Airlines Express Discontent Over Increased Air Traffic Control Charges in the UK

Airlines have expressed their disapproval over the decision by the UK's aviation regulator to raise the fees for air traffic control services. This move is aimed at helping NATS, the national provider, recover from the financial losses suffered during the COVID-19 pandemic. NATS has been under scrutiny following a major outage in late August that resulted in numerous flight cancellations and delays across Britain and Europe, costing airlines millions of pounds. 


Last week, airline executives demanded new regulations for passenger compensation in case of similar disruptions. Airlines UK, a trade group representing carriers such as easyJet and Ryanair, argued that the increased charges are unjustifiable given the uncertainty over measures to prevent a recurrence of such disruptions.


The Civil Aviation Authority (CAA) confirmed on Thursday a preliminary decision made in July that allows NATS to increase the average unit rate for regulated activities from 47 pounds to 64 pounds ($78) from 2023 to 2027. Consequently, the average cost of UK air traffic services per passenger per flight would rise by 43 pence, averaging around 2.08 pounds, according to the CAA.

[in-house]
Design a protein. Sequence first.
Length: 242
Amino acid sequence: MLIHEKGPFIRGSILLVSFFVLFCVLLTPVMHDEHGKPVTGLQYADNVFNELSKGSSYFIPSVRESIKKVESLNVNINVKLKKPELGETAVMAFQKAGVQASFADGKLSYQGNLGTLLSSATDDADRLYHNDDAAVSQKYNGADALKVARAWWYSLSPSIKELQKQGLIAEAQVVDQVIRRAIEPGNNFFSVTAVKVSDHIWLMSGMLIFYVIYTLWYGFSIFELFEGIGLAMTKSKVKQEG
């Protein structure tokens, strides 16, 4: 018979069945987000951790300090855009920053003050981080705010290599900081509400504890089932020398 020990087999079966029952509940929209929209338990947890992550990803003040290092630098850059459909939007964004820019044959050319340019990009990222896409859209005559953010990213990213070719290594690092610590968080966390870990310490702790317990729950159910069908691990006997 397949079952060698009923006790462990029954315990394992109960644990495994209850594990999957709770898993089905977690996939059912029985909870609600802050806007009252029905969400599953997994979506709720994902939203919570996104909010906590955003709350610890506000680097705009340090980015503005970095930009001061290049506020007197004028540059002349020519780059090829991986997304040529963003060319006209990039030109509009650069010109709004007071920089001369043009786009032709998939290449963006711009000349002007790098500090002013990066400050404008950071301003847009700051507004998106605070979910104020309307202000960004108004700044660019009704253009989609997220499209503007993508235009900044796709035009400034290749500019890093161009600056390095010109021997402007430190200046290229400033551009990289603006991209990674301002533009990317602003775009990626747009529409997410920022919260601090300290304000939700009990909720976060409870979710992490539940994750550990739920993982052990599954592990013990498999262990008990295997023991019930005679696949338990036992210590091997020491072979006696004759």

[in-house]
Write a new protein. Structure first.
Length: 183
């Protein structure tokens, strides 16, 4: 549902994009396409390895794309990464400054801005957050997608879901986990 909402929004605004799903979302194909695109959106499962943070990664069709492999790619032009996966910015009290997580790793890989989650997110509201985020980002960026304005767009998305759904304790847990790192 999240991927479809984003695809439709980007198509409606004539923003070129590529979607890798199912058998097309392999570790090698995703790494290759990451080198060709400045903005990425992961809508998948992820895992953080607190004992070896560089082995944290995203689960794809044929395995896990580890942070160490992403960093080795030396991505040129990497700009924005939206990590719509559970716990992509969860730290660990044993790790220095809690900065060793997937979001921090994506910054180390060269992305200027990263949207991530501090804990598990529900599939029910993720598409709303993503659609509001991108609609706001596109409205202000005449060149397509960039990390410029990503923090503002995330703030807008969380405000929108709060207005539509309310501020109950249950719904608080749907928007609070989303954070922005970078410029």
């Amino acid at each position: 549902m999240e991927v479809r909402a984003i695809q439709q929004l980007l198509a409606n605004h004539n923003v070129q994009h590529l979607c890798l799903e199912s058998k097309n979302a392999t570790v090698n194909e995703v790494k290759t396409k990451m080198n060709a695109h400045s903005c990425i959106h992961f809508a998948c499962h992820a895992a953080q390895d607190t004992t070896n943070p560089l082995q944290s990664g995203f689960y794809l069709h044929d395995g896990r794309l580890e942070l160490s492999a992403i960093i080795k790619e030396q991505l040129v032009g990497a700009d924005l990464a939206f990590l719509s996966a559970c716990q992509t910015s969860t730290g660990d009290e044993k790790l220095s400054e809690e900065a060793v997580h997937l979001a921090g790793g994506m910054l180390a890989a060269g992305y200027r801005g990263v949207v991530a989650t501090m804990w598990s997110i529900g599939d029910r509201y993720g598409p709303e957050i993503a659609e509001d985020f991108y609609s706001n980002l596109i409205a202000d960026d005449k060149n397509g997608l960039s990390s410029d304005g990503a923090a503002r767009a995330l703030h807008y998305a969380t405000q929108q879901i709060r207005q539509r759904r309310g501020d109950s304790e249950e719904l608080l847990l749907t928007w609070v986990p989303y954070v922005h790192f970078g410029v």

Jonathan Hinkles, CEO of Loganair, expressed his disappointment in a LinkedIn post, stating that charges for 2024 were expected to return to normal levels plus inflation. However, something has gone terribly wrong. The CAA justified the new prices as necessary for maintaining service quality and safety. It clarified that the price control increase process started before the NATS outage and is not related to the review and investigation of the incident. Airlines for Europe, which includes British Airways owner IAG and Ryanair among its members, criticized the decision saying that increasing prices after last summer's significant system failure equates to rewarding incompetence.

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